|Publication number||US5636008 A|
|Application number||US 08/624,048|
|Publication date||3 Jun 1997|
|Filing date||29 Mar 1996|
|Priority date||17 Nov 1992|
|Publication number||08624048, 624048, US 5636008 A, US 5636008A, US-A-5636008, US5636008 A, US5636008A|
|Inventors||Martin F. Lobiondo, John A. Kusse, Paul A. Baiter|
|Original Assignee||Xerox Corporation|
|Export Citation||BiBTeX, EndNote, RefMan|
|Patent Citations (12), Referenced by (94), Classifications (13), Legal Events (5)|
|External Links: USPTO, USPTO Assignment, Espacenet|
This is a continuation of application Ser. No. 07/977,481 filed Nov. 17, 1992, now abandoned.
1. Field of the Invention
This invention relates to document systems. It has particular applicability to reprographic systems having diagnostic capabilities.
2. Description of Related Developments
Reprographic machines having internal diagnostic capabilities are known. These machines can display a visual message to an operator indicating the existence of a common fault (for example, a paper jam) and give instructions for removal of the fault. Recently, reprographic machines with enhanced diagnostic capabilities yielding information useful to service engineers have been developed. These machines employ controllable user interfaces, such as touch screen video displays, for controlling operation of the machine and diagnosing faults. Systems for monitoring the operation of a plurality of these machines from a remote source by use of a powerful host computer having advanced, high level diagnostic capabilities have been installed. These systems have the capability to interact remotely with the machines being monitored to receive automatically or manually initiated requests for diagnosis and to interact with the requesting machine to request and receive stored operating parameter data to enable higher level diagnostic analysis. Such systems are shown in U.S. Pat. Nos. 5,038,319 and 5,057,866 (the disclosures of which are incorporated herein by reference), owned by the assignee of the present invention. These systems employ Remote Interactive Communications (RIC) to enable transfer of selected machine operating data (referred to as machine physical data) to a remote site, at which the host computer is located, through a suitable communication channel. The machine physical data may be transmitted from a monitored document system to the remote site automatically at predetermined times and/or in response to a specific request from the document system. Alternatively, as shown in the above-noted patents, information may be provided to a personal computer at the remote site, that is capable of interacting with a remote document system for modifying alarm parameters within the remote system.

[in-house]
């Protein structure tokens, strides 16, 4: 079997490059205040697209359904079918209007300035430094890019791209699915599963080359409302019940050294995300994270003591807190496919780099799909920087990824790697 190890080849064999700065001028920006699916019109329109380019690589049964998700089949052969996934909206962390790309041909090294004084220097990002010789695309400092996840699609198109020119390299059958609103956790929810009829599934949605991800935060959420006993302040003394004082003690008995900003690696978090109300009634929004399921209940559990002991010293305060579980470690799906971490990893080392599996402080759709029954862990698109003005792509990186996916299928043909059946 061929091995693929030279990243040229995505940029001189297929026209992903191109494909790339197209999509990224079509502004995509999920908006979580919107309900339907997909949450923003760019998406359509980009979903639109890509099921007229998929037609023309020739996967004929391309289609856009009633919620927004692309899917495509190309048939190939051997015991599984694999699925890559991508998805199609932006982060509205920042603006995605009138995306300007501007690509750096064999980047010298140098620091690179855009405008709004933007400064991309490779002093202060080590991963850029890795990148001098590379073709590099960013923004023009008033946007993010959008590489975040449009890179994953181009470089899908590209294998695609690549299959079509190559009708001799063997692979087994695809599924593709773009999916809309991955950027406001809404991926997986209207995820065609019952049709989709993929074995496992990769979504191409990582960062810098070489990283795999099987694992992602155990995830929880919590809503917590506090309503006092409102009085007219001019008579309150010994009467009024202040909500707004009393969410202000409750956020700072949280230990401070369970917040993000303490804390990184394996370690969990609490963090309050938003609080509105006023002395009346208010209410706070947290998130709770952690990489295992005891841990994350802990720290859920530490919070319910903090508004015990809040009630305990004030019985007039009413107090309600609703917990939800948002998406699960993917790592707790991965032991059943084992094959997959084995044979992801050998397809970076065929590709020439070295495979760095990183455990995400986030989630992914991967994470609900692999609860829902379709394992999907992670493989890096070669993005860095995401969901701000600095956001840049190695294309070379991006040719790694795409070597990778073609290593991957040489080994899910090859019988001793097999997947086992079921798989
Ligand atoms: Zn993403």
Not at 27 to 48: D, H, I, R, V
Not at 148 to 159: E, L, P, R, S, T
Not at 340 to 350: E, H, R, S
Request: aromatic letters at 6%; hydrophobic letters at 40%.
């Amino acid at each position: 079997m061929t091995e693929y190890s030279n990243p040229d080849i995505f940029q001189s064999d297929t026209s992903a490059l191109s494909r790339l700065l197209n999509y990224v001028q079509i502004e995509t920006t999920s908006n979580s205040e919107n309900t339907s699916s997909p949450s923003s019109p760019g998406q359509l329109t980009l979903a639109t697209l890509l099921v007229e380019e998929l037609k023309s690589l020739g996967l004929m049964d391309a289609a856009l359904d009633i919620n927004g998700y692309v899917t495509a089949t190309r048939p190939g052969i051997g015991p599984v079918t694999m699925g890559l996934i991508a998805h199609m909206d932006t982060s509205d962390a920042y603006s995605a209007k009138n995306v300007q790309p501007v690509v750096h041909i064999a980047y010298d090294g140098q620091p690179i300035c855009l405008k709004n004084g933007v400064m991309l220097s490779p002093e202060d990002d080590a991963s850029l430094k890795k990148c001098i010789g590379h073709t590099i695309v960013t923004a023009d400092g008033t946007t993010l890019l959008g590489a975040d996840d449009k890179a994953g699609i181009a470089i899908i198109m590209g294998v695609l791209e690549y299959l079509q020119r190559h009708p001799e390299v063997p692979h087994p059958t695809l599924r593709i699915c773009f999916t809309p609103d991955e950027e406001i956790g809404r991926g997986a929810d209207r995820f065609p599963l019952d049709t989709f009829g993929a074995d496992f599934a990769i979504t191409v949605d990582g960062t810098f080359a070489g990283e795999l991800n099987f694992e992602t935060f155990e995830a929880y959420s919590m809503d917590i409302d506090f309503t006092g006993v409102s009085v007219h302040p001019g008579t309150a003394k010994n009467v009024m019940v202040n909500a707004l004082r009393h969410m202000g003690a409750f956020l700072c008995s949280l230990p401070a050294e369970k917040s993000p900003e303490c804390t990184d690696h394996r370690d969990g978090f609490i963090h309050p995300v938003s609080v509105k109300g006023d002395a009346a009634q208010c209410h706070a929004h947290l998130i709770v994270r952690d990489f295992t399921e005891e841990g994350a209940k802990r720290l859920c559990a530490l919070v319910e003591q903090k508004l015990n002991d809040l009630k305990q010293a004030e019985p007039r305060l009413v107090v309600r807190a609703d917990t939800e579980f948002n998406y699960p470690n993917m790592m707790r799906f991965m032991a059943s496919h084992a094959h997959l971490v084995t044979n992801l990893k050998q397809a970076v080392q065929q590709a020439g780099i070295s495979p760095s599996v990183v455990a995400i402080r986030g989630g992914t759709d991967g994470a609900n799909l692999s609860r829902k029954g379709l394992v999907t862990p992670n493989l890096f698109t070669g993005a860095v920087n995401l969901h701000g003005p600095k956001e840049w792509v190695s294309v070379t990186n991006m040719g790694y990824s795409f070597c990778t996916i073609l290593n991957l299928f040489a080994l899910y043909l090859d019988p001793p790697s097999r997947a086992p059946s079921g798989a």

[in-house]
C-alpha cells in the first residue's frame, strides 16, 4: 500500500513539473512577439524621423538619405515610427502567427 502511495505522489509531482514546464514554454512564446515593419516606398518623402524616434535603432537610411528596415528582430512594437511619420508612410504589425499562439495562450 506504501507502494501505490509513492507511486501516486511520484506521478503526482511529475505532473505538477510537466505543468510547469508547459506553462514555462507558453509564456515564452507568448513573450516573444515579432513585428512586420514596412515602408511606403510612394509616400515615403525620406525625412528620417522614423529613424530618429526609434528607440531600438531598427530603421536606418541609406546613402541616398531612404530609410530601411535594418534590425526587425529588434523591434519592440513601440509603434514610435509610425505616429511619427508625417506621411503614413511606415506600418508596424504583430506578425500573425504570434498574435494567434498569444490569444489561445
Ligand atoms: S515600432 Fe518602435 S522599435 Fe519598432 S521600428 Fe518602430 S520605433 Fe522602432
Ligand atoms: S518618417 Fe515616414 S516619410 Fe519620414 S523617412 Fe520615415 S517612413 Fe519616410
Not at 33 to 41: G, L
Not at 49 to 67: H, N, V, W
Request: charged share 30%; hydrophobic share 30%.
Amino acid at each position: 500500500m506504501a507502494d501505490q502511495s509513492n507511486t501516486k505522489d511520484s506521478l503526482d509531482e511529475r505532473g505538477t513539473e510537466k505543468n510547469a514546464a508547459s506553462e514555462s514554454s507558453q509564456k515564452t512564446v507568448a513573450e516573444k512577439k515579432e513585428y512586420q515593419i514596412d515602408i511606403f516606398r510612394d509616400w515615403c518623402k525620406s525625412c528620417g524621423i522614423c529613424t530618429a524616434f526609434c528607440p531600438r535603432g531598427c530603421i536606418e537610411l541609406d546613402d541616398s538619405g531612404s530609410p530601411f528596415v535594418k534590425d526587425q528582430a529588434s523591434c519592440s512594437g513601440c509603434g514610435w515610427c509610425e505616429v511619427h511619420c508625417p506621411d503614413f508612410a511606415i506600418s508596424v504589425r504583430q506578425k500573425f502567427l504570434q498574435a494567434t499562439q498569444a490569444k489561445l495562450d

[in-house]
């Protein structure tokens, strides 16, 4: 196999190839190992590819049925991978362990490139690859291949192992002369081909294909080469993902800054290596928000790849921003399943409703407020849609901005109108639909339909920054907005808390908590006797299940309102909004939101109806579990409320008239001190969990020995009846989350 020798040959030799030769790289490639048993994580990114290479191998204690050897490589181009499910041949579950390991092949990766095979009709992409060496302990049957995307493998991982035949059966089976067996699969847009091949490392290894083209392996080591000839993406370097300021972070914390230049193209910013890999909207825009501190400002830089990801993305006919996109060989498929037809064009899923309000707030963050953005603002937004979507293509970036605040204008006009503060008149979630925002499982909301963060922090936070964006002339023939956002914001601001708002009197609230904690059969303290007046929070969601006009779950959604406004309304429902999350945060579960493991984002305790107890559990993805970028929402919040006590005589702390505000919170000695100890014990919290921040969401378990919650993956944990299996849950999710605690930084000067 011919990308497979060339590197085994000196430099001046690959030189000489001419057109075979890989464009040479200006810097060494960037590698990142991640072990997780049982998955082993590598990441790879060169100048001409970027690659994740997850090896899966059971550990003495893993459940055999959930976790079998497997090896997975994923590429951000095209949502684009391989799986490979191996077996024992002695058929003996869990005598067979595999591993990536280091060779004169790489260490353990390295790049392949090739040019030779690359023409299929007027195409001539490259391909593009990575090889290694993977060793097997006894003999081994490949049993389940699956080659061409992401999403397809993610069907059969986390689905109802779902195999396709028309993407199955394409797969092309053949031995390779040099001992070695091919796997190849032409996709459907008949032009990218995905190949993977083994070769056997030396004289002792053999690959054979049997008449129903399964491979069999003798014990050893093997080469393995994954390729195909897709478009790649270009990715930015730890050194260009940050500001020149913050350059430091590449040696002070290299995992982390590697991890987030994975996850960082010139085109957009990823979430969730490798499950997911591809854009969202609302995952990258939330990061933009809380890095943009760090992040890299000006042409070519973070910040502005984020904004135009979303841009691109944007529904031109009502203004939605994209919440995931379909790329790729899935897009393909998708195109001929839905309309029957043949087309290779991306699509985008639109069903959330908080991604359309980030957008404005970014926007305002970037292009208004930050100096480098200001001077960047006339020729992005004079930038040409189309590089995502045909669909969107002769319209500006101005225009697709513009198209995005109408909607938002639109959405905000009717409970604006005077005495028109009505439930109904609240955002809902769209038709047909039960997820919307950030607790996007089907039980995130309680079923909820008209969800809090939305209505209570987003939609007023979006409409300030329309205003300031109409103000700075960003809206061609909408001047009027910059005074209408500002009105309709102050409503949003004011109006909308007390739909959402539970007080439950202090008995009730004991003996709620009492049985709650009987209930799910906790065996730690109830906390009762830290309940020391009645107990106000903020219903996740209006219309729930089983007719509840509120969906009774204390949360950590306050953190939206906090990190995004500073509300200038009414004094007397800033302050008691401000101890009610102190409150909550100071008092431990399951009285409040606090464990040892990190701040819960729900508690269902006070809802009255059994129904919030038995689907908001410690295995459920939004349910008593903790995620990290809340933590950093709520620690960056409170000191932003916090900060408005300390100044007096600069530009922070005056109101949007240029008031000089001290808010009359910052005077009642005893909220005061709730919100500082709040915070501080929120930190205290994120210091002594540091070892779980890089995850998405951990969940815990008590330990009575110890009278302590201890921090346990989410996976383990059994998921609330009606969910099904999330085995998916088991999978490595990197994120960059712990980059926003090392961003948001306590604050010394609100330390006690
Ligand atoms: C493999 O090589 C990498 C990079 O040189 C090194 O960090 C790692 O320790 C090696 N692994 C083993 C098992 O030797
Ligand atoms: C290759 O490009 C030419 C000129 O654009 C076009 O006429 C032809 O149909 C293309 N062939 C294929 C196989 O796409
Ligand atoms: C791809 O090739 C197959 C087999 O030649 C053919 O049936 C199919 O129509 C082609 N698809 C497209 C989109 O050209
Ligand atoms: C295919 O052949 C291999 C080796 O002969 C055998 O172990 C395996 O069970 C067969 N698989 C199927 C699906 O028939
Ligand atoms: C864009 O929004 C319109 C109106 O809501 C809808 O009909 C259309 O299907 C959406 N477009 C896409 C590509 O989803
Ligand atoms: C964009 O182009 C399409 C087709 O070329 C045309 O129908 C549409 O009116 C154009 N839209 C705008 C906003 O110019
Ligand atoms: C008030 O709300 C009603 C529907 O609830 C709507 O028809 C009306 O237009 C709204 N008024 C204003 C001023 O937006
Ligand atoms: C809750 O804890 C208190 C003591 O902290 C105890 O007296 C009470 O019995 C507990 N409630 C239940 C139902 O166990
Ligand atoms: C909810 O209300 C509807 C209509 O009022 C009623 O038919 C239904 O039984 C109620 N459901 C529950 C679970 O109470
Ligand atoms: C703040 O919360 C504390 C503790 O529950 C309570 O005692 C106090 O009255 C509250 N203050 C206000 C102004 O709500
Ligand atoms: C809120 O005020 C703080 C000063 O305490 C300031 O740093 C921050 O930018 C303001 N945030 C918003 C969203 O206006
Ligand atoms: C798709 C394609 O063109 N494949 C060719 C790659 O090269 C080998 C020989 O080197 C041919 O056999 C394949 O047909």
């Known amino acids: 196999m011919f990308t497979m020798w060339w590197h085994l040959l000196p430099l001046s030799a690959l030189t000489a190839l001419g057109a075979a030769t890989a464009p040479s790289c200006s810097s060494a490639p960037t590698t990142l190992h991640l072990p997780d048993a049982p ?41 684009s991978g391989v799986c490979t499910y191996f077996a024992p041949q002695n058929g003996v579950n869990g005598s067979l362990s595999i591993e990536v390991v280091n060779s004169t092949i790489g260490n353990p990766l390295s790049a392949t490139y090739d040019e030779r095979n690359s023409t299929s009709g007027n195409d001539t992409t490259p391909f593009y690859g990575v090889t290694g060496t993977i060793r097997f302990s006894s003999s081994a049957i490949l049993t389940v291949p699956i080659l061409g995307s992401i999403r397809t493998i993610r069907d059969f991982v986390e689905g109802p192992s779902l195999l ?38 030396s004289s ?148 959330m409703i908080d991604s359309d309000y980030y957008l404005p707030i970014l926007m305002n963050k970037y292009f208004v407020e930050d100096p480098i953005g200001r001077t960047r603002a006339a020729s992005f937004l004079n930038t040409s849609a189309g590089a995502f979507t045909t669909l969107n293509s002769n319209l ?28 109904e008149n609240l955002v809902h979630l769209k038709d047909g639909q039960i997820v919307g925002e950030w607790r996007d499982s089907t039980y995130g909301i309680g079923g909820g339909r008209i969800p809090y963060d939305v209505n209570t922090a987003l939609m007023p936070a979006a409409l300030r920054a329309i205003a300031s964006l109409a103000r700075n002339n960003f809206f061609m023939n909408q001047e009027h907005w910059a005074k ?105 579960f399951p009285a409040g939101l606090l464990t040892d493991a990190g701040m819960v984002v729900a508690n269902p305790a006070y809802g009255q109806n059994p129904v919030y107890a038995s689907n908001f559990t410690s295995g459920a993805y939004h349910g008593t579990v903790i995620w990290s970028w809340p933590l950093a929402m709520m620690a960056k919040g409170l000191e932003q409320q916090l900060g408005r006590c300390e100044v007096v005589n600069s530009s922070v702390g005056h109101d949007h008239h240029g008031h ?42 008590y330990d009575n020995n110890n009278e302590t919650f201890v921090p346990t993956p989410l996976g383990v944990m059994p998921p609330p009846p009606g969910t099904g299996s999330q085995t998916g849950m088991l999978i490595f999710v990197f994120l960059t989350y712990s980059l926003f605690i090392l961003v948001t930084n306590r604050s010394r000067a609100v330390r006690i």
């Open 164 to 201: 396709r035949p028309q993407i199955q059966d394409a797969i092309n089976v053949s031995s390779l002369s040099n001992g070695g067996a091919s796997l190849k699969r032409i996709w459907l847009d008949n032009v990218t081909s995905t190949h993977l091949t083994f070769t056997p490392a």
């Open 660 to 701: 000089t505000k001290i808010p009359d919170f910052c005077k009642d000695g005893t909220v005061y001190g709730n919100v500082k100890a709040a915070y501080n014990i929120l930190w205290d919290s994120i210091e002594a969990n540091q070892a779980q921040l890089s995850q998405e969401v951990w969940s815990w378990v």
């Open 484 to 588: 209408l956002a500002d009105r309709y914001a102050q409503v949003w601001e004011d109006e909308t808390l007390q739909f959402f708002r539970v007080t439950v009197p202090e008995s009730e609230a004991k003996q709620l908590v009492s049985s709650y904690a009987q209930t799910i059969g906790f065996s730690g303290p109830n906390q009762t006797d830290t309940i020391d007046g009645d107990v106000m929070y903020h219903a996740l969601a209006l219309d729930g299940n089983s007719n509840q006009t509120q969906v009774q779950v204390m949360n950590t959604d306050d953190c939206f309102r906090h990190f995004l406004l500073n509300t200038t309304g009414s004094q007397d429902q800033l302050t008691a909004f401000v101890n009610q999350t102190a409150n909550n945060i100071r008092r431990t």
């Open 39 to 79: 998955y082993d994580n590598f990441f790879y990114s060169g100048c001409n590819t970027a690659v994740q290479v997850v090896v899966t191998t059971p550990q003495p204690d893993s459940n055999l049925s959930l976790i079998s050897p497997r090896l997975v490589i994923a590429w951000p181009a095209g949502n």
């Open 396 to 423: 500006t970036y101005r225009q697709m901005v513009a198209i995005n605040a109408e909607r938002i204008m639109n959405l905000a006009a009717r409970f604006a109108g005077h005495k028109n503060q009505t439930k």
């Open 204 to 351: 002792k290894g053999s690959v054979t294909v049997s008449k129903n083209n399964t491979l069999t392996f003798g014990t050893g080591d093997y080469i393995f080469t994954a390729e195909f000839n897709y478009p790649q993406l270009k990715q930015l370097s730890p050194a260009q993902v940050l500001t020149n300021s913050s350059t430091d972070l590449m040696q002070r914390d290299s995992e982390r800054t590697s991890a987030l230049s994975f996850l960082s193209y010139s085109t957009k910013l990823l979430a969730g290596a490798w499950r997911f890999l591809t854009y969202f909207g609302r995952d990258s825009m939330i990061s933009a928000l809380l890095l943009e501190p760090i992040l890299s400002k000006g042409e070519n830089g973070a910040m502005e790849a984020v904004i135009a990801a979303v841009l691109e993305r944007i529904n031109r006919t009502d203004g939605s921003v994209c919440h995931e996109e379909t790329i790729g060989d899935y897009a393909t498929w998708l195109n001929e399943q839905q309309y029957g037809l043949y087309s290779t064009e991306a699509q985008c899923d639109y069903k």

In a typical RIC system, the host computer is linked via a dedicated and/or public telephonic transmission system to local reprographic machines via modems. The host computer may include a compiler to allow communication with a plurality of different types of machines and an expert diagnostic system that performs higher level analysis of the machine physical data than is available from the diagnostic system in the machine. After analysis, the expert system can provide an instruction message which can be utilized by the machine operator at the site of the document system to overcome a fault. Alternatively, if the expert system determines that more serious repair is necessary or preventive maintenance is desirable, a message is sent to a local field work support office giving the identity of the machine and a general indication of the type of service action required. This information is then transmitted, usually orally, from a service dispatcher to a service technician. The system is disadvantageous from the standpoint that the communication between the dispatcher and the service technician is usually oral, the service dispatcher commonly has only limited information about the technical aspects of the machine requiring repair and the dispatcher normally has little time to spend in communicating the information. The result is that the field service technicians receive only limited information relating to the identity of the machine requiring service and brief indications of the primary problem or repair action. The service technician does not get historical machine operating data, service history or detailed descriptions of potential problems. As a result, the field service technician has incomplete information and may find that machine repair cannot be fully effected during the first repair visit because of the need for parts or test equipment not routinely carried by the technician. The result is a broken service call. Such broken service calls irritate the machine user because the equipment is not quickly returned to full service. Broken service calls are also expensive to the servicing organization because of the need to send a service representative more than one time for the same repair.